For many people, email maintenance is always on the to-do list, and it can eat up a solid chunk of each day. But if your inbox is feeling downright stressful, the problem might go beyond the messages themselves—it could be how you’re managing them, according to a new report from the British Psychological Society.
The researchers surveyed 2,000 employees across industries and roles about their email experiences to understand their perceived email pressures. While the volume of emails was a factor in perceived pressure—there was a positive correlation between the two—the researchers identified other stress triggers, as well. For example, almost half of the respondents had “push notifications” for their email—meaning every new email sent an immediate notification to their phones—which was correlated to higher perceived pressure. More than 60 percent left their email on all day, and reported higher levels of email pressure as a result. And while most of us are guilty of checking our phone right when we wake up, or right before we go to sleep, that activity also seemed to increase pressure. Unsurprisingly, managers reported higher levels of stress than lower-level employees.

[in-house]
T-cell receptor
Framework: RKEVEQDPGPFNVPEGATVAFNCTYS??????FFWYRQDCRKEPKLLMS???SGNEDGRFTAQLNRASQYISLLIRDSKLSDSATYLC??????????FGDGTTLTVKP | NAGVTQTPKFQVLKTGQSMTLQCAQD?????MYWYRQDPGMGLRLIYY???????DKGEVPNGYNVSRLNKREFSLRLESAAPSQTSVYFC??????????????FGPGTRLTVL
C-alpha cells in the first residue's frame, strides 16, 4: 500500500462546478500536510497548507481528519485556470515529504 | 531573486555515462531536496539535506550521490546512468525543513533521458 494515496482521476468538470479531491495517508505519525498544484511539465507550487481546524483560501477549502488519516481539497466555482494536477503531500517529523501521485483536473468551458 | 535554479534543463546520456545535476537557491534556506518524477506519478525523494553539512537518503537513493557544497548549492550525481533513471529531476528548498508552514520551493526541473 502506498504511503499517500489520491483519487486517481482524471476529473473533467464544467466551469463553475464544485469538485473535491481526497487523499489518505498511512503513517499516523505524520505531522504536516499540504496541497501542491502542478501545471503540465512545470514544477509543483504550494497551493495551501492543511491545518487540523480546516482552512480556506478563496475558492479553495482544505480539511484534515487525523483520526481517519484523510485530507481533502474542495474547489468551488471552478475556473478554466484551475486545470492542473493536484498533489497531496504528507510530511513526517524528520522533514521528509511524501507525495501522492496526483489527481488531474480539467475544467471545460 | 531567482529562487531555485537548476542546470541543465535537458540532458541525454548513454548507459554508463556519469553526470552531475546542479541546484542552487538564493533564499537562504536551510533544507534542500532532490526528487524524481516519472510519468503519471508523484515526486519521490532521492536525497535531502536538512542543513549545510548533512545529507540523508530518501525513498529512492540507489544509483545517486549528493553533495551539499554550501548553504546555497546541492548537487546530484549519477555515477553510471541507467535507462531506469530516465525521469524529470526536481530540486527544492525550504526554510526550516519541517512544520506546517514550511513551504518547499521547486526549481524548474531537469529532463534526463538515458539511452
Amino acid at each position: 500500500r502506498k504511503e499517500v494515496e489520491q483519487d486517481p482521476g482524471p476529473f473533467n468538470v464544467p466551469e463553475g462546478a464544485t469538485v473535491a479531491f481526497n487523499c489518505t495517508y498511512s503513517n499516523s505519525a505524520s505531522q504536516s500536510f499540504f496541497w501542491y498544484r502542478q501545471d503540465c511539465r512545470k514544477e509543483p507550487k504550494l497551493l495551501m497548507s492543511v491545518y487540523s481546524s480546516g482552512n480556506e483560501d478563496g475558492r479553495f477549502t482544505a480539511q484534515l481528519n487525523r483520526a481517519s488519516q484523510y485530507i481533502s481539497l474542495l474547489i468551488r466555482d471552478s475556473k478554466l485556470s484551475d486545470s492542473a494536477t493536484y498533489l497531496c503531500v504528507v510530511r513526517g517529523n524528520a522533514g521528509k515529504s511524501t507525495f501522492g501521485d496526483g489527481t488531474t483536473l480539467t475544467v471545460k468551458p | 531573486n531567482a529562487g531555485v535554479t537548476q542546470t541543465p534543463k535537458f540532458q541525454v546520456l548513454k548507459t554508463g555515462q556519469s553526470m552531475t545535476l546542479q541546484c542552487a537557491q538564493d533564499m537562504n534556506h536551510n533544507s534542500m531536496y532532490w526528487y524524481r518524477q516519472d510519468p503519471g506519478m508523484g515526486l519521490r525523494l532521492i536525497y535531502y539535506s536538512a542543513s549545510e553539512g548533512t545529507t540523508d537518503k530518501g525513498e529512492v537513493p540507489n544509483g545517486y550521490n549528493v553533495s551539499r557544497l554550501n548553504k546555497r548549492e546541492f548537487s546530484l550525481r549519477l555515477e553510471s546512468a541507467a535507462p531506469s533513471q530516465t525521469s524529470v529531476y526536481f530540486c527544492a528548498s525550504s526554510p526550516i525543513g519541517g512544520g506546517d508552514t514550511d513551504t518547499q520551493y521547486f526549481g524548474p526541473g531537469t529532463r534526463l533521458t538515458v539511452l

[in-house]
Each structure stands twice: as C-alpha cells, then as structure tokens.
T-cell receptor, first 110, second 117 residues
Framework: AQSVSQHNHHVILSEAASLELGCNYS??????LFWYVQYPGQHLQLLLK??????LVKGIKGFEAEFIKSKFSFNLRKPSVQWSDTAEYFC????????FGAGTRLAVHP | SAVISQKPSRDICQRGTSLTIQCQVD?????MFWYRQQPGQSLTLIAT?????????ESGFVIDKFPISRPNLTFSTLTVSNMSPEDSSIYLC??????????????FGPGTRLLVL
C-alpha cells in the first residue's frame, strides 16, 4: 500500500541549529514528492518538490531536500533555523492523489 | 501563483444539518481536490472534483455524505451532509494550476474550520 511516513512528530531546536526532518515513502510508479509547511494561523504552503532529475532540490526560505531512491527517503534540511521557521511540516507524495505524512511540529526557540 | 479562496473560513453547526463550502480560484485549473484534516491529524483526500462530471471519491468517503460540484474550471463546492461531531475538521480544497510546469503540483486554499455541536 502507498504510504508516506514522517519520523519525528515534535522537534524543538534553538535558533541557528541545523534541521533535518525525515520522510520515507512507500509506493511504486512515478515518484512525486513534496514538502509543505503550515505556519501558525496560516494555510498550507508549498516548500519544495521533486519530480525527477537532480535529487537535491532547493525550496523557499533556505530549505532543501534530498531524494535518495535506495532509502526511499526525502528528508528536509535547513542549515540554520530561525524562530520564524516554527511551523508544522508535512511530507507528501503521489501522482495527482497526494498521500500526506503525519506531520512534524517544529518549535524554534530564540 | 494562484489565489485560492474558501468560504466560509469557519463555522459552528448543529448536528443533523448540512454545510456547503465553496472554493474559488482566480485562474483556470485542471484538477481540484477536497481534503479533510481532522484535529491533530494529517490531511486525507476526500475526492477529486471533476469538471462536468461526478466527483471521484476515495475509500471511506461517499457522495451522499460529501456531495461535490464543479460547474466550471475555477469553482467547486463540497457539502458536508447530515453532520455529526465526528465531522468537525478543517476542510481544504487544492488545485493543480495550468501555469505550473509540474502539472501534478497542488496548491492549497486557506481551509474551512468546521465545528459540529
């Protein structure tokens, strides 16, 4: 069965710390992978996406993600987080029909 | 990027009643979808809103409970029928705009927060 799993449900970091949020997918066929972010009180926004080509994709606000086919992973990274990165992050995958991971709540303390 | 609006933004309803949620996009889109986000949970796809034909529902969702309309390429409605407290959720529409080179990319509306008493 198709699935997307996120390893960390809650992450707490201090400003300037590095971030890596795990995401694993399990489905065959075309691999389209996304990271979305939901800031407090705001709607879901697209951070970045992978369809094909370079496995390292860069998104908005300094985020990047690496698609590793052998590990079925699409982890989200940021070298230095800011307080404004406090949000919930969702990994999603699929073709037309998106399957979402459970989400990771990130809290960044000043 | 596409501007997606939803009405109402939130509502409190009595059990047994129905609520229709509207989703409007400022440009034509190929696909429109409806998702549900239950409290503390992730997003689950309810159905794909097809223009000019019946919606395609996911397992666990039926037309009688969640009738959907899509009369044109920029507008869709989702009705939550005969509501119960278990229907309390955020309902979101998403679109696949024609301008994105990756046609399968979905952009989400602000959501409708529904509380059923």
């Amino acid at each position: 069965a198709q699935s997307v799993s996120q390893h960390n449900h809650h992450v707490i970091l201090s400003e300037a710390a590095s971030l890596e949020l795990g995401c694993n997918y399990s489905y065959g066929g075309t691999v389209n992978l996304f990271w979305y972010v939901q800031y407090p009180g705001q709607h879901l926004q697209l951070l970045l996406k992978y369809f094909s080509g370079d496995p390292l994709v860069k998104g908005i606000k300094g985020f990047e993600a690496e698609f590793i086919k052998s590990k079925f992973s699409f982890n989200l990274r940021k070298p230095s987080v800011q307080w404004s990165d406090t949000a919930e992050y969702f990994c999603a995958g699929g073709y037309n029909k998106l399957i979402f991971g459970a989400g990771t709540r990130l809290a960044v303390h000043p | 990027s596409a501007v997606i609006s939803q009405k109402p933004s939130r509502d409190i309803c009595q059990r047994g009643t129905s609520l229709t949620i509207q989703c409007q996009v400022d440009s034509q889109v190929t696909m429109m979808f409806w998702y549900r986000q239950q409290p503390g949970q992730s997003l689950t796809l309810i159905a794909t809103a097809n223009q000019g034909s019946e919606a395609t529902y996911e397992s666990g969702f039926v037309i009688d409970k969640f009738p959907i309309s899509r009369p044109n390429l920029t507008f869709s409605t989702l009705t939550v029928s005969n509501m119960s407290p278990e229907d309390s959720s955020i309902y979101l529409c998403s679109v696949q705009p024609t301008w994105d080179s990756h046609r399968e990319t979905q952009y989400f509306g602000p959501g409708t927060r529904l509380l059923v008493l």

Researchers also found that email pressure negatively affected work-life balance. Specifically, perceived email pressure was higher in employees who were caretakers at home. It worked in reverse as well—high levels of pressure often lead to instances of home life negatively affecting work.
"Our research shows that email is a double-edged sword,” lead researcher Dr. Richard MacKinnon said in a statement. “Whilst it can be a valuable communication tool, it's clear that it's a source of stress of frustration for many of us. The people who reported it being most useful to them also reported the highest levels of email pressure.”
While there is no one-size-fits-all recommendation for managing your email, the researchers did offer a few suggestions that might help you get organized. For example, only launch your inbox when you want to attack your email or consider turning off push notifications on your smartphone device. Get more advice on breaking free from technology here.